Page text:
In less than a decade, the Metroparks has managed to restore wetland habitat, create new trails, re-direct stormwater, clean up the beaches, and beautify our lakefronts into places that we want to go to.

Through partnership with the Cuyahoga Soil and Water Conservation District (CSWCD), among many other local and national groups, Cleveland is able to celebrate the delisting of the Cuyahoga River as an “Area of Concern” by the EPA. And the Northeast Ohio Regional Sewer District monitors and controls what goes into our Great Lake.

Now here we return to our present day. Cleveland is better than ever. We finally have a steward of Lake Erie that cares and actively makes a difference. There is more attention to the environmental issues concerning our Lake than there ever was before.

So why do we still have to double check the water quality before heading to the beach to swim? Were you paying attention to that little history lesson earlier? As in the 1800s, we face the same problem with overwhelming the wastewater capacity when a downpour floods the system.

You see, despite all the heroic efforts to clean up Lake Erie and the Cuyahoga River, we have roofs, roads, pavement, sidewalks blocking the absorption. And we have more of them every day. We have communities with grassy lawns and not enough rain gardens.

It’s what isn’t surrounding the Lake that’s killing it after a thunderstorm. Water that has no place to go in the ground must go down. Down into the sewer, unfortunately. “Ok lady,” you might be thinking, “what’s the point of this whole essay if no matter what, Lake Erie is doomed whenever it rains too much?”

Because it’s not doomed. In fact, Cleveland recently asked us how to spend $511 million in Federal relief funds, and even mentioned wastewater and stormwater infrastructure as a suggestion.

If even a fraction of the city’s concrete or asphalt surfaces were replaced with permeable surfaces, it would be a huge reduction in the amount of water forced into drains. How about offering tax incentives to builders who commit to green infrastructures like sod roofs?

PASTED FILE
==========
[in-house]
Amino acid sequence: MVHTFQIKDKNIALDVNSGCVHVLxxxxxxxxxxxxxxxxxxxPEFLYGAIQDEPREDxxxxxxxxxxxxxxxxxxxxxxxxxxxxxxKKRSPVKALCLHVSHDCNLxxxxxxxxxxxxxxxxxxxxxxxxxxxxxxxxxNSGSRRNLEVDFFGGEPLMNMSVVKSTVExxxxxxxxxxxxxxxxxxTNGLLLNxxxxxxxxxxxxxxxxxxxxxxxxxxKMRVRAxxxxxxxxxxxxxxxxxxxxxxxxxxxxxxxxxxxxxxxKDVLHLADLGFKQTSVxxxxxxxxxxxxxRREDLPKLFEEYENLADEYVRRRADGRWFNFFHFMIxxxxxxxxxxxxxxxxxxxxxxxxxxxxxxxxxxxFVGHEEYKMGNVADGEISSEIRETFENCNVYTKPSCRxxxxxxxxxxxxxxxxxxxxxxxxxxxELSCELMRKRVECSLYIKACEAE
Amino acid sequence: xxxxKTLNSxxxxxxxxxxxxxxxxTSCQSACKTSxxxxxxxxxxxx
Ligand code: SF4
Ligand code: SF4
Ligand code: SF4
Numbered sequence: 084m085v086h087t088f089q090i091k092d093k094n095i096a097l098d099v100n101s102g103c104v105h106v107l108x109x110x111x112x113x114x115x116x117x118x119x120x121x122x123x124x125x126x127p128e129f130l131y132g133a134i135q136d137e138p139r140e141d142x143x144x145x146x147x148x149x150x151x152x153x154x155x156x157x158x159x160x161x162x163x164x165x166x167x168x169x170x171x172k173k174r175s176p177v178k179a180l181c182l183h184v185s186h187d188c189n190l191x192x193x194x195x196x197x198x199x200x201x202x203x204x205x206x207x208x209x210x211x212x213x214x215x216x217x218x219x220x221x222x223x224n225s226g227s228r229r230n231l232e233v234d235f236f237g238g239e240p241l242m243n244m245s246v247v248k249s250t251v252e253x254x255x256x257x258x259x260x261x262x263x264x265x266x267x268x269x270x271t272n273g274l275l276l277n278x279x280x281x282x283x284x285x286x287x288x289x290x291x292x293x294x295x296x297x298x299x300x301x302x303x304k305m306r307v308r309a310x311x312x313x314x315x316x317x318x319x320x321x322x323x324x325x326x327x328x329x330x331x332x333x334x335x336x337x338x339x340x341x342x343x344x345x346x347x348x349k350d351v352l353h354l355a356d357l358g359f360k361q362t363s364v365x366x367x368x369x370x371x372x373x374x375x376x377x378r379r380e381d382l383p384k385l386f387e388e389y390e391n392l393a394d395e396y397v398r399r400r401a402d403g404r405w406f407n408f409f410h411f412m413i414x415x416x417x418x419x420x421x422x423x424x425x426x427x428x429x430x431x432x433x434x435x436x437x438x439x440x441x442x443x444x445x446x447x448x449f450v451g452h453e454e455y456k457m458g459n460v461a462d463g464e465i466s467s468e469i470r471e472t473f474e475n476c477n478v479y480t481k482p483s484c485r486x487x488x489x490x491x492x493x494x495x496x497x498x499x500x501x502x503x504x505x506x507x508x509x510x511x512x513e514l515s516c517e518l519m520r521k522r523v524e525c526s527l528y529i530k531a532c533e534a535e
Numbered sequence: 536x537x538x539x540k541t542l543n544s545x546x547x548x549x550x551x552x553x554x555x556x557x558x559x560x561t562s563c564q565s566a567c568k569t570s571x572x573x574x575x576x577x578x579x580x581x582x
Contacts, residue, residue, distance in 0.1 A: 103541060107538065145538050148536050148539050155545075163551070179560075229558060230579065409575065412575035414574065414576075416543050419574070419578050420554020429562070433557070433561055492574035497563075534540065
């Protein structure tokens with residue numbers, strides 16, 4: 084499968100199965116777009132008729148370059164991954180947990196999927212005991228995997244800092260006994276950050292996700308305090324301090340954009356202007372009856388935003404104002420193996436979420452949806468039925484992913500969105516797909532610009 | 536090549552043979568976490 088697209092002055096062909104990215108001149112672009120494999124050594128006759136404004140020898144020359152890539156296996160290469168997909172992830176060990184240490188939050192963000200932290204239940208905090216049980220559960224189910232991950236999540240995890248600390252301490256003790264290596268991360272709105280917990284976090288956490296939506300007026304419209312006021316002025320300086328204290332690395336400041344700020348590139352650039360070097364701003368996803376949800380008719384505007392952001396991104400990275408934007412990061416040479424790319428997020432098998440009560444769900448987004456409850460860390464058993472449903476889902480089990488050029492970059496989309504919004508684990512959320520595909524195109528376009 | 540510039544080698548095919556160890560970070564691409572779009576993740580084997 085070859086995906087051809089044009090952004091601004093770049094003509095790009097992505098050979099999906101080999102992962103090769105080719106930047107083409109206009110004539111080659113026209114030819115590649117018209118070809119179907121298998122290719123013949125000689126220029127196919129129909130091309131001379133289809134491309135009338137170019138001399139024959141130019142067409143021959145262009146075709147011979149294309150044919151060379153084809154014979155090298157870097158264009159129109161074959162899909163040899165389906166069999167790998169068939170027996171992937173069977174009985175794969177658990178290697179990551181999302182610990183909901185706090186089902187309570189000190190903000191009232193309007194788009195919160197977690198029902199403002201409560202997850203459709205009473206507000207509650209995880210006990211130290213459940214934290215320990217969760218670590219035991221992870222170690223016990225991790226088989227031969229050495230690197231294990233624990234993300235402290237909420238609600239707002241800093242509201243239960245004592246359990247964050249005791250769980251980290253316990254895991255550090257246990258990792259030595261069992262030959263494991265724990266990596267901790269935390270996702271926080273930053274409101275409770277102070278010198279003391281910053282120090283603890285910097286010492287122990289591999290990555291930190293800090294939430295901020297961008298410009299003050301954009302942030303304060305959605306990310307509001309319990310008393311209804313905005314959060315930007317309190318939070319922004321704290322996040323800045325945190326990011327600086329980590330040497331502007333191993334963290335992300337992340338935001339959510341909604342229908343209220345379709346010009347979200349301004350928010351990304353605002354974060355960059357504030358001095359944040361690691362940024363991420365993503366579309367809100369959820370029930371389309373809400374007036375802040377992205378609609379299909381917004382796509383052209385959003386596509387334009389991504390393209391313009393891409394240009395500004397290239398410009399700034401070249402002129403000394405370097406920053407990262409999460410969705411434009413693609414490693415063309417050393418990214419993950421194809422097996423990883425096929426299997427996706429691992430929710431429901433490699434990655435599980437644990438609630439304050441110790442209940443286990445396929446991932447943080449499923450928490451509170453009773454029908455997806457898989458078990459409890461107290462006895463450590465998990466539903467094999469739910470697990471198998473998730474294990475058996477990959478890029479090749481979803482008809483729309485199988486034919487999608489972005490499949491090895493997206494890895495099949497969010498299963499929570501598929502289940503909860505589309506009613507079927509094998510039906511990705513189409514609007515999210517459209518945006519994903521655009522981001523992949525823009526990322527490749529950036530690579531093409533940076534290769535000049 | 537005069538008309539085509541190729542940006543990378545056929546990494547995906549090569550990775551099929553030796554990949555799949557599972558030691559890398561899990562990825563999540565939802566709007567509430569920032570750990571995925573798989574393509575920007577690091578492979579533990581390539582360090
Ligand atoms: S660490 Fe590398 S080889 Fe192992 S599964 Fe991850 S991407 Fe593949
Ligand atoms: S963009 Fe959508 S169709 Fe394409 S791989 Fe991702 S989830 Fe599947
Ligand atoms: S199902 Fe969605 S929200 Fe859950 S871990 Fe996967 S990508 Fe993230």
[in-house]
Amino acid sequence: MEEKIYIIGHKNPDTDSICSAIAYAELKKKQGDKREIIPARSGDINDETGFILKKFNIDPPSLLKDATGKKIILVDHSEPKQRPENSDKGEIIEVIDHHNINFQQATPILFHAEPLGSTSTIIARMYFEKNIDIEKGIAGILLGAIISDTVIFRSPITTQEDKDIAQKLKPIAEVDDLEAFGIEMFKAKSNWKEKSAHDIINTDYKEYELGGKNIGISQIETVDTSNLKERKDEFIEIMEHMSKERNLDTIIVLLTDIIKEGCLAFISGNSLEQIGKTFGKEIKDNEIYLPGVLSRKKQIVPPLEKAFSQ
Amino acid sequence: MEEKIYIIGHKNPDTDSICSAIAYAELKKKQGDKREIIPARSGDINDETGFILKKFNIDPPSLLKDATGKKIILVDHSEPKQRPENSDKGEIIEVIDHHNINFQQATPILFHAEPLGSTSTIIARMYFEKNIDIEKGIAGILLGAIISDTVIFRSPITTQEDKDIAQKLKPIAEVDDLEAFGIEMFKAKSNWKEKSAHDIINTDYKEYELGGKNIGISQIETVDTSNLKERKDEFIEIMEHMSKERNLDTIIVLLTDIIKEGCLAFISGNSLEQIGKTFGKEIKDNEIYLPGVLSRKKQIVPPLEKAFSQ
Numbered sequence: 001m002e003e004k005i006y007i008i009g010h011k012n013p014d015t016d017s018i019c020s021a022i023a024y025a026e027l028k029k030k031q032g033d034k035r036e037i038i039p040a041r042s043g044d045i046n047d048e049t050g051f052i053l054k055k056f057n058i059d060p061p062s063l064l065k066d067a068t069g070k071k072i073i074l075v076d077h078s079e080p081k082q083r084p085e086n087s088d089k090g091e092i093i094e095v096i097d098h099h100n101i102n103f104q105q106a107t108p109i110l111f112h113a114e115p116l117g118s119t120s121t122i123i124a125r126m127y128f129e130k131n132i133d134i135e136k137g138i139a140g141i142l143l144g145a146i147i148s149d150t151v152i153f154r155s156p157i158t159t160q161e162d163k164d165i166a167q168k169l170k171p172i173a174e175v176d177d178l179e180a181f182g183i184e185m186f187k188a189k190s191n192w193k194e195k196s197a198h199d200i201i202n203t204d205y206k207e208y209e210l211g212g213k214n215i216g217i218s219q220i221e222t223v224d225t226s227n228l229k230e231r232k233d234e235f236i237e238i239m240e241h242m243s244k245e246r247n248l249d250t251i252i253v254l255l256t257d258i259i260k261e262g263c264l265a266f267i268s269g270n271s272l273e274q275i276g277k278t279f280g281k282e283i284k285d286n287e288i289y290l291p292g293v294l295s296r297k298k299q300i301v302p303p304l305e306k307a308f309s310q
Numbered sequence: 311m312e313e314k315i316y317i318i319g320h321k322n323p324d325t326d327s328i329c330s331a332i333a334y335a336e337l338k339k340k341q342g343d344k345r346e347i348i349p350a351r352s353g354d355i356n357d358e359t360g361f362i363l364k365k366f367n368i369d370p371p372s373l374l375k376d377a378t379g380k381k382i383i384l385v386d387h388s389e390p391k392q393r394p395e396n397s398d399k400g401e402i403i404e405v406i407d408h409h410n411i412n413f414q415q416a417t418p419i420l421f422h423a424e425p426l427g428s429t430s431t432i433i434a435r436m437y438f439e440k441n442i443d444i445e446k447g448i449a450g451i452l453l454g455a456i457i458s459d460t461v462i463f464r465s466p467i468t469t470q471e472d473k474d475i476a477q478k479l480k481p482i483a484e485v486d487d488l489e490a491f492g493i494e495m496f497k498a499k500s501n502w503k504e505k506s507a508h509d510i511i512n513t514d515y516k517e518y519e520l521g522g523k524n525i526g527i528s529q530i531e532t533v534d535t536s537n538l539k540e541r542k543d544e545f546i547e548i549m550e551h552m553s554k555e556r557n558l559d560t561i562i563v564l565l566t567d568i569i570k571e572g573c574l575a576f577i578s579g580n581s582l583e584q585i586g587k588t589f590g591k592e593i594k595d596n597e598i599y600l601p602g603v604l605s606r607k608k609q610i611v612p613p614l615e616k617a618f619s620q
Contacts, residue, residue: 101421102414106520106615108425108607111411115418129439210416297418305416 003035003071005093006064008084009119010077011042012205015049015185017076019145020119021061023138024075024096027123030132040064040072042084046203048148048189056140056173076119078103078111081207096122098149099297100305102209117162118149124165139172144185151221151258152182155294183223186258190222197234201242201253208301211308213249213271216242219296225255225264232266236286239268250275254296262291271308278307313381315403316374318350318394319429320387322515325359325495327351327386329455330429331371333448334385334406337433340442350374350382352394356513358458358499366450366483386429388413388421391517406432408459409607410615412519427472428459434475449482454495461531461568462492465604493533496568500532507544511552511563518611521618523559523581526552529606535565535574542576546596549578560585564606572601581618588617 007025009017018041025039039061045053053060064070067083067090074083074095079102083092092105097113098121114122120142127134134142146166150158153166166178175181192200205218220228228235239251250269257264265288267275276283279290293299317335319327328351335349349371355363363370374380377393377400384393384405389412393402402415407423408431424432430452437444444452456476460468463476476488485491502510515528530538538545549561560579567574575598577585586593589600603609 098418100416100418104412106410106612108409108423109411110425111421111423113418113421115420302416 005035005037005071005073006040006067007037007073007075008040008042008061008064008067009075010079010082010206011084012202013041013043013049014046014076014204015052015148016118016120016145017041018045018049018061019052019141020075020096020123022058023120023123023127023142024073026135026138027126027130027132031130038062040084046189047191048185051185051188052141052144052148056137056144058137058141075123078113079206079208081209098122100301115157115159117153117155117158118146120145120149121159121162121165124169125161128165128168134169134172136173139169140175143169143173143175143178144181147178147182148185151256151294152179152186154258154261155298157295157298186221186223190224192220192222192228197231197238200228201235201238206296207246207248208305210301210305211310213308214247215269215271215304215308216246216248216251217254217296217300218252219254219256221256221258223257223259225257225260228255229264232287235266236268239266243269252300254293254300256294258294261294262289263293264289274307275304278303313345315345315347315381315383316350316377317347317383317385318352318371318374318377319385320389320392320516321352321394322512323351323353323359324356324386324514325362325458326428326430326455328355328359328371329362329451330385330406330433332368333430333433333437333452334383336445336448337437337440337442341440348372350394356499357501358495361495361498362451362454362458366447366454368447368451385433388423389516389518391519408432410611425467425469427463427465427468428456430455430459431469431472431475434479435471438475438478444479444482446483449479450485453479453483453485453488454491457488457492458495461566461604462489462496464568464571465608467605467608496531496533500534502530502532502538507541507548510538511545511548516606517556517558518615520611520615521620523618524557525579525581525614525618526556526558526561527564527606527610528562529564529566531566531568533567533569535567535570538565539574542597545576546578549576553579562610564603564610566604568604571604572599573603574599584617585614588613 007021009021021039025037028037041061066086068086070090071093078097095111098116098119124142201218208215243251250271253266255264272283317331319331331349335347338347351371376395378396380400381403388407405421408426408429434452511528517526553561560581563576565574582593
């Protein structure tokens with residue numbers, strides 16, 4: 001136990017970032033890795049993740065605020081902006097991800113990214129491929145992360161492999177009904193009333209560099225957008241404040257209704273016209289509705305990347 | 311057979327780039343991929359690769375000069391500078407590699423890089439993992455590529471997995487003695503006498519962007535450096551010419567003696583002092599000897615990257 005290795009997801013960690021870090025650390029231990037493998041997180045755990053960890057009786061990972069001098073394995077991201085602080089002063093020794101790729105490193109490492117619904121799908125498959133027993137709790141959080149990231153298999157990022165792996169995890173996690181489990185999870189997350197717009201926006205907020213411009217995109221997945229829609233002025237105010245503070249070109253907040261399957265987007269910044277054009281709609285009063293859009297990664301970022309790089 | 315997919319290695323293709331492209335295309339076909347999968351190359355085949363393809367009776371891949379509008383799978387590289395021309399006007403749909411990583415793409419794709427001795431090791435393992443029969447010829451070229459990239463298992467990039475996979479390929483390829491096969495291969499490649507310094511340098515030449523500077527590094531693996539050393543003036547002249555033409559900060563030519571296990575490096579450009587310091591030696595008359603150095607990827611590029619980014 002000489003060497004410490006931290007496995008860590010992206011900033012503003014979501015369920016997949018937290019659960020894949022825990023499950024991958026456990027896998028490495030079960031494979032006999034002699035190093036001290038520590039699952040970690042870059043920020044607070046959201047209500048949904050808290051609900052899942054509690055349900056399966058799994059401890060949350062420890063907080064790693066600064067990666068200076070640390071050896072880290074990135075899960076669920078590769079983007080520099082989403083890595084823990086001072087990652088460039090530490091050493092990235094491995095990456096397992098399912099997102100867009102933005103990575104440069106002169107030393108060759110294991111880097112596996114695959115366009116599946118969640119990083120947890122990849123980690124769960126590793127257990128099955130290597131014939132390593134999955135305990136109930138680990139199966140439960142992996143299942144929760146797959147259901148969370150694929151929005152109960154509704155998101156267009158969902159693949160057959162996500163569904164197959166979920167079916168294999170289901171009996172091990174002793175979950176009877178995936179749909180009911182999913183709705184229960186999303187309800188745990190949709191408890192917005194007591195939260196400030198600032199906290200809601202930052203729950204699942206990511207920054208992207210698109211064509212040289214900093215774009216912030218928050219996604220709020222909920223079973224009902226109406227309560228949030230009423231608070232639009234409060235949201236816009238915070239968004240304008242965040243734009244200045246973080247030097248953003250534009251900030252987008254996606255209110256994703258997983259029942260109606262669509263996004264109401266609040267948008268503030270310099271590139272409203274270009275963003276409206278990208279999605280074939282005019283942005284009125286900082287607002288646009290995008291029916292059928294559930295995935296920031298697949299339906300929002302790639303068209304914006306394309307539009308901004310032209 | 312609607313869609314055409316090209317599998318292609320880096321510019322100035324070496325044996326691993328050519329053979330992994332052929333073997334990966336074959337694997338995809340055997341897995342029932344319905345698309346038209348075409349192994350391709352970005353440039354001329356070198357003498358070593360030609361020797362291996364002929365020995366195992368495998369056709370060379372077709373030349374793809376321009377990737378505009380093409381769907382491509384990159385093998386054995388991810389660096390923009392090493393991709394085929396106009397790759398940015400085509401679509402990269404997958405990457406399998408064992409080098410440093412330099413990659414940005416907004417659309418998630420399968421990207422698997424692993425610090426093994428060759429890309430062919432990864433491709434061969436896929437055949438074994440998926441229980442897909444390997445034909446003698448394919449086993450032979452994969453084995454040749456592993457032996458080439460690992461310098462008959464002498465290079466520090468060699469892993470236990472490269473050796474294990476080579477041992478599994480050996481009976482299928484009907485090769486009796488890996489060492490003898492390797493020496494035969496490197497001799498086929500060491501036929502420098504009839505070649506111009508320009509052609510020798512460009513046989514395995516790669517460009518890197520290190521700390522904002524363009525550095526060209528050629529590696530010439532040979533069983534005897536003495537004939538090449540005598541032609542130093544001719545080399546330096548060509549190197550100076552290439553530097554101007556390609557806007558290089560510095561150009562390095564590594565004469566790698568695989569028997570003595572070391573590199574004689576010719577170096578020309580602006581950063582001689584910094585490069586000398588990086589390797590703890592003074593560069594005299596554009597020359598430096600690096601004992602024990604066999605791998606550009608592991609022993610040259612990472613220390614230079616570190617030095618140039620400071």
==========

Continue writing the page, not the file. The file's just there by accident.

Imagine if there was a city task force that could come out to your property and install a rain barrel, instead of just giving them away to people who don’t have the tools nor the know-how to attach it to their drainpipes?

What if people actually went door to door, not for politics, but to offer assistance and education to residents on the numerous credits available through the regional sewer district?

I mean, I would love to disconnect my storm drain and re-direct it to my yard, but I’m neither a landscaper nor an architect, and I will probably just end up flooding my neighbor’s garage. If Cleveland had the funding to go out and help people, then those people could help people, then those people could go help people—you get the picture.

We the people of Cleveland, have a huge opportunity to shape the future of our city. Lake Erie keeps us alive and drives our economy—the trickledown effect literally impacts every avenue of our society.

I’m confident that if Cleveland leads the way, other communities and cities will follow. After all, it’s not just Clevelanders who flock to the lake, it’s Lakewooders, Parminians, Rocky Riverites, Bay Villagers—lots and lots of people from all over Northeast Ohio and beyond.

For some of us, Lake Erie is the very reason we call our respective communities home. As someone who knows the stormy history of our lakefront development and sees the constant new construction and influx of people flocking to Cleveland, I confidently say that we need to greater protect our Lake and do as much as each and every one of us can to ensure that only rainwater enters our storm drains; as the CSWCD loves to say about our drains, “Lake Erie starts here.”

Let’s take this amazing opportunity from a terrible situation (COVID-19) and show our Lake how much she means to us. Cleveland, you know how I say we use those funds. I’m looking forward to the day we will truly achieve a green city on a blue lake.

Brittney Hooper
Brittney Hooper

About the Author: Brittney Hooper

Brittney Hooper is a lifelong Clevelander who resides in Old Brooklyn with her husband, two young sons, and a house full of animals (she thinks living near the zoo equates to needing a zoo yourself). A passionate environmentalist, Hooper works by day as a research associate at a biotech company and in her free time writes, colors, explores, cooks, and otherwise enjoys the many jewels her city has to offer.